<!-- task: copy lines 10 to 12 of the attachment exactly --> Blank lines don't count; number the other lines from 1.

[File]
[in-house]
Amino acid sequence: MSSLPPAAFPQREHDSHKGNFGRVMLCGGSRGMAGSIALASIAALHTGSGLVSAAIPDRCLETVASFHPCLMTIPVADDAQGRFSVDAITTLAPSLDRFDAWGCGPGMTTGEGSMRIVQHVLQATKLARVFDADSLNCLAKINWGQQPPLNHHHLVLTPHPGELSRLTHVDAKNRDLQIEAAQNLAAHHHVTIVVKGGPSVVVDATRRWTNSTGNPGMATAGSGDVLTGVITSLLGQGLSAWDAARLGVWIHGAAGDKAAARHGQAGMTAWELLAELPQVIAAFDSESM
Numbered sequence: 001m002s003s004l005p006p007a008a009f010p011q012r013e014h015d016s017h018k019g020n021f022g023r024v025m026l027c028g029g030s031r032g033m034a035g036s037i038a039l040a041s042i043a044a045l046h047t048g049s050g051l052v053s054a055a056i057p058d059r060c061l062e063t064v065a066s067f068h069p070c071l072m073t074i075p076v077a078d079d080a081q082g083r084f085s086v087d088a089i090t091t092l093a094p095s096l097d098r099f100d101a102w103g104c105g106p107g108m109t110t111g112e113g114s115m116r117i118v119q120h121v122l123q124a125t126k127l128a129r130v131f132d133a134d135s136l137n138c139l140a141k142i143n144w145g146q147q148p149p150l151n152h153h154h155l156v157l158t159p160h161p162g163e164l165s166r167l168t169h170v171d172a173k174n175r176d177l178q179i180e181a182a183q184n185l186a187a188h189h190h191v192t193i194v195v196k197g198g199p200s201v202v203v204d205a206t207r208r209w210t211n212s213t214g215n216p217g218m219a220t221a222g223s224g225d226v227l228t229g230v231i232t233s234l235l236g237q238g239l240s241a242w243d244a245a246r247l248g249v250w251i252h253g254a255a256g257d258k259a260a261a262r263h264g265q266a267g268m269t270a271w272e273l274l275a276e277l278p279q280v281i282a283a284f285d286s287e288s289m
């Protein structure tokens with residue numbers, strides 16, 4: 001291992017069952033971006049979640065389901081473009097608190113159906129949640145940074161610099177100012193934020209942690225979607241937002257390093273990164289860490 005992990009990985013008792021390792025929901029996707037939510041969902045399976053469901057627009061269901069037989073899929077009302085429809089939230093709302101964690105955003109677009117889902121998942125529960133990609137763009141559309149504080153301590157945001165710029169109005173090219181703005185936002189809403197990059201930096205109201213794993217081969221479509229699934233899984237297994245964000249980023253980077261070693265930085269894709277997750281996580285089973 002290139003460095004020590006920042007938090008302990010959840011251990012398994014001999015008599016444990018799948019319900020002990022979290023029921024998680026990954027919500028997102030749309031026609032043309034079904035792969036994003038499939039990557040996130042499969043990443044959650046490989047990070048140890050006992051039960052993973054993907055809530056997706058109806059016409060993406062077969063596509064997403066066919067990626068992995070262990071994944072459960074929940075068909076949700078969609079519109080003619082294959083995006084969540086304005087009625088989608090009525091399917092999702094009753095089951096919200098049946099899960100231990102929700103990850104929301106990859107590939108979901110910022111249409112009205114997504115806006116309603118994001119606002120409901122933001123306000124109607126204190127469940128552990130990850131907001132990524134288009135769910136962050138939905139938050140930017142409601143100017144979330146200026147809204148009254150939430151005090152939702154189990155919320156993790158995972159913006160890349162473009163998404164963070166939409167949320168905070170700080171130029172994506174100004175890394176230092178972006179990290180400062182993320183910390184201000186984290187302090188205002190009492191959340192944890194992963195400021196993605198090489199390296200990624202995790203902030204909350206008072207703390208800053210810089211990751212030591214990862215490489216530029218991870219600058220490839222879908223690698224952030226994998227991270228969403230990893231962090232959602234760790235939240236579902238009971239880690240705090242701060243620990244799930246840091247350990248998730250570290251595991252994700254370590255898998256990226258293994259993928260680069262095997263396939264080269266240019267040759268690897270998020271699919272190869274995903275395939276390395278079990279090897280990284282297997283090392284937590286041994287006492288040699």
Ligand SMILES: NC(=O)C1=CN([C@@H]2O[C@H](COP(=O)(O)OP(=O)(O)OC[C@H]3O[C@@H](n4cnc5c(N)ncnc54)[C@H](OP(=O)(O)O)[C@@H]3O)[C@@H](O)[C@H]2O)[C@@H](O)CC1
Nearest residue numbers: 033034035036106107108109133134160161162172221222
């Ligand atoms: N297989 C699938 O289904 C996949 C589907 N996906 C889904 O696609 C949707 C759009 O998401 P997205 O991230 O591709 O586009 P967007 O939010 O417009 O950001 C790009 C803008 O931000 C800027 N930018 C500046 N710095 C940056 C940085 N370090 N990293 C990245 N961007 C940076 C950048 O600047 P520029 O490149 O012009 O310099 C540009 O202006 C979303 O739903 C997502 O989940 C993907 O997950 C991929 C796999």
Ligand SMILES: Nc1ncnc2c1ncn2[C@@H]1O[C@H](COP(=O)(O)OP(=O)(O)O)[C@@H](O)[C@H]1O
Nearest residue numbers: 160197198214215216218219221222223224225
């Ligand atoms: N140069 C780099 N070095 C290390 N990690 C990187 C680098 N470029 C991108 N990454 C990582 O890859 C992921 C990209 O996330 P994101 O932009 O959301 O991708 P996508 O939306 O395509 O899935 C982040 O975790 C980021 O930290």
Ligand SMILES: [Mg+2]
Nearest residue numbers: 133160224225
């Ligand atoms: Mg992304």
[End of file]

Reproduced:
């Ligand atoms: N140069 C780099 N070095 C290390 N990690 C990187 C680098 N470029 C991108 N990454 C990582 O890859 C992921 C990209 O996330 P994101 O932009 O959301 O991708 P996508 O939306 O395509 O899935 C982040 O975790 C980021 O930290």
Ligand SMILES: [Mg+2]
Nearest residue numbers: 133160224225